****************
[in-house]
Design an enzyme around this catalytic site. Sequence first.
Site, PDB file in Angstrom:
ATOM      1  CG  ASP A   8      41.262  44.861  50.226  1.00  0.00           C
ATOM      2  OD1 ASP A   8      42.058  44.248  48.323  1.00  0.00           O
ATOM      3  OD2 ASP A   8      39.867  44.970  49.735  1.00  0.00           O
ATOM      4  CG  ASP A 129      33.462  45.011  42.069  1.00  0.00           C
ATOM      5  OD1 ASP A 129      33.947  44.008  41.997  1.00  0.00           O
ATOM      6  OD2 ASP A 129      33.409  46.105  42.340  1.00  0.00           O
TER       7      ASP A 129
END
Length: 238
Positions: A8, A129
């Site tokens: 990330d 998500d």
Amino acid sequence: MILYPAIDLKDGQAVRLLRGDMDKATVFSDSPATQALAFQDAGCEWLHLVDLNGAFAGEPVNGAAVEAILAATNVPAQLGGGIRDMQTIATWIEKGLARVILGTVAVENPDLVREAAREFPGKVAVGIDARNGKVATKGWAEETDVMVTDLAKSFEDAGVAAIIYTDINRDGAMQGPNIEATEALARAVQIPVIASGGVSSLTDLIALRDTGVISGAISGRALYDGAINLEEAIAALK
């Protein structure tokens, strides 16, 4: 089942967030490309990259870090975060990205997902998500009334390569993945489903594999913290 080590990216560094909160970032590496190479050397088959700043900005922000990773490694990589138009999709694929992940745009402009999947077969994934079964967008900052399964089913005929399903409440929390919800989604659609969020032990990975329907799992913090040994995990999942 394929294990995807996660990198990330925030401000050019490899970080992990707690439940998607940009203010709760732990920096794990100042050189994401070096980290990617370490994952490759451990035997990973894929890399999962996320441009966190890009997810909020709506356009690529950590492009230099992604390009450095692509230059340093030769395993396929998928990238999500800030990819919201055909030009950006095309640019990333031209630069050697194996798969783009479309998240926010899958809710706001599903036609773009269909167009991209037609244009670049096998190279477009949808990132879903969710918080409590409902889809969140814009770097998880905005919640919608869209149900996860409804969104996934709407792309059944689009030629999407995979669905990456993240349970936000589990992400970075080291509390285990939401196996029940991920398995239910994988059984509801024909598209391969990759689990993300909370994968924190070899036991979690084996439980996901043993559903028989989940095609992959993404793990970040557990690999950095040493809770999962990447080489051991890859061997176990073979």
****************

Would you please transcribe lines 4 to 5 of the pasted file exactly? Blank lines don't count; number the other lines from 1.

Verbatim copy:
ATOM      1  CG  ASP A   8      41.262  44.861  50.226  1.00  0.00           C
ATOM      2  OD1 ASP A   8      42.058  44.248  48.323  1.00  0.00           O